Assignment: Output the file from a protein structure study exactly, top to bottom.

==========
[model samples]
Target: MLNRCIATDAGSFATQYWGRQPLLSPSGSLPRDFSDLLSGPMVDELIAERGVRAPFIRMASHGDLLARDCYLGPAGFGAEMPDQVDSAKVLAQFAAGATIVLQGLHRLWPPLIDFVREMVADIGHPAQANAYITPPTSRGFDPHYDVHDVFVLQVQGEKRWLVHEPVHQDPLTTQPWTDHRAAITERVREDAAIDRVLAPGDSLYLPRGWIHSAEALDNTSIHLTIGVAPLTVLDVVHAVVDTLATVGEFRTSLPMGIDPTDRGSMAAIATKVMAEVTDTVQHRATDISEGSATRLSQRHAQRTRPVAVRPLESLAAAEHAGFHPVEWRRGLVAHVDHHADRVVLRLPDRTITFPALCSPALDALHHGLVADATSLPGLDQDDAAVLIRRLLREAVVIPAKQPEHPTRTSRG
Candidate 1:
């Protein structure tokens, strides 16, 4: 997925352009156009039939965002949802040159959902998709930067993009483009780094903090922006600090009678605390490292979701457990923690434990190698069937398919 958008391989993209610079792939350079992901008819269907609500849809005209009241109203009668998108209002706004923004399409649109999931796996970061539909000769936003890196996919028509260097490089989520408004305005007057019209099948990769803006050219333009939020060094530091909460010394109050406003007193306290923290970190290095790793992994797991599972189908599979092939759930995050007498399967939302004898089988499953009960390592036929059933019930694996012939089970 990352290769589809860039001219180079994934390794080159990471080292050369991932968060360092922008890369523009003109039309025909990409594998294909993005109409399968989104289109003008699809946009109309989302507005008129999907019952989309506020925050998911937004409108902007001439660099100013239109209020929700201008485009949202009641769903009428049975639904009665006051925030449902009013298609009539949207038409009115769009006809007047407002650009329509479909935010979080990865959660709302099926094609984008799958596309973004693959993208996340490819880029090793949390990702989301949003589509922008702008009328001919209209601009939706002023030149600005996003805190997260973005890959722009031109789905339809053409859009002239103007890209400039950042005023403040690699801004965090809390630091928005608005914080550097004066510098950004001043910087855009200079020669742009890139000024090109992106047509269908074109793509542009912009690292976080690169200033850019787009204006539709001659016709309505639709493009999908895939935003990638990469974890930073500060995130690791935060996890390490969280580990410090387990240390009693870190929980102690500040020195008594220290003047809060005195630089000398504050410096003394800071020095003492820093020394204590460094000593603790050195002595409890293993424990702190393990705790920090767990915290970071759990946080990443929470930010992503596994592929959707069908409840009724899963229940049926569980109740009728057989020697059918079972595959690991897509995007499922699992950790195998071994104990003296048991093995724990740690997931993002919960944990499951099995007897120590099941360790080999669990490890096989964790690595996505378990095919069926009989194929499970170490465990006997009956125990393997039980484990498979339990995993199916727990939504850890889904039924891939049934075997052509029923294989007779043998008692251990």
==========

[model samples]
Target: MLNRCIATDAGSFATQYWGRQPLLSPSGSLPRDFSDLLSGPMVDELIAERGVRAPFIRMASHGDLLARDCYLGPAGFGAEMPDQVDSAKVLAQFAAGATIVLQGLHRLWPPLIDFVREMVADIGHPAQANAYITPPTSRGFDPHYDVHDVFVLQVQGEKRWLVHEPVHQDPLTTQPWTDHRAAITERVREDAAIDRVLAPGDSLYLPRGWIHSAEALDNTSIHLTIGVAPLTVLDVVHAVVDTLATVGEFRTSLPMGIDPTDRGSMAAIATKVMAEVTDTVQHRATDISEGSATRLSQRHAQRTRPVAVRPLESLAAAEHAGFHPVEWRRGLVAHVDHHADRVVLRLPDRTITFPALCSPALDALHHGLVADATSLPGLDQDDAAVLIRRLLREAVVIPAKQPEHPTRTSRG
Candidate 1:
């Protein structure tokens, strides 16, 4: 997925352009156009039939965002949802040159959902998709930067993009483009780094903090922006600090009678605390490292979701457990923690434990190698069937398919 958008391989993209610079792939350079992901008819269907609500849809005209009241109203009668998108209002706004923004399409649109999931796996970061539909000769936003890196996919028509260097490089989520408004305005007057019209099948990769803006050219333009939020060094530091909460010394109050406003007193306290923290970190290095790793992994797991599972189908599979092939759930995050007498399967939302004898089988499953009960390592036929059933019930694996012939089970 990352290769589809860039001219180079994934390794080159990471080292050369991932968060360092922008890369523009003109039309025909990409594998294909993005109409399968989104289109003008699809946009109309989302507005008129999907019952989309506020925050998911937004409108902007001439660099100013239109209020929700201008485009949202009641769903009428049975639904009665006051925030449902009013298609009539949207038409009115769009006809007047407002650009329509479909935010979080990865959660709302099926094609984008799958596309973004693959993208996340490819880029090793949390990702989301949003589509922008702008009328001919209209601009939706002023030149600005996003805190997260973005890959722009031109789905339809053409859009002239103007890209400039950042005023403040690699801004965090809390630091928005608005914080550097004066510098950004001043910087855009200079020669742009890139000024090109992106047509269908074109793509542009912009690292976080690169200033850019787009204006539709001659016709309505639709493009999908895939935003990638990469974890930073500060995130690791935060996890390490969280580990410090387990240390009693870190929980102690500040020195008594220290003047809060005195630089000398504050410096003394800071020095003492820093020394204590460094000593603790050195002595409890293993424990702190393990705790920090767990915290970071759990946080990443929470930010992503596994592929959707069908409840009724899963229940049926569980109740009728057989020697059918079972595959690991897509995007499922699992950790195998071994104990003296048991093995724990740690997931993002919960944990499951099995007897120590099941360790080999669990490890096989964790690595996505378990095919069926009989194929499970170490465990006997009956125990393997039980484990498979339990995993199916727990939504850890889904039924891939049934075997052509029923294989007779043998008692251990």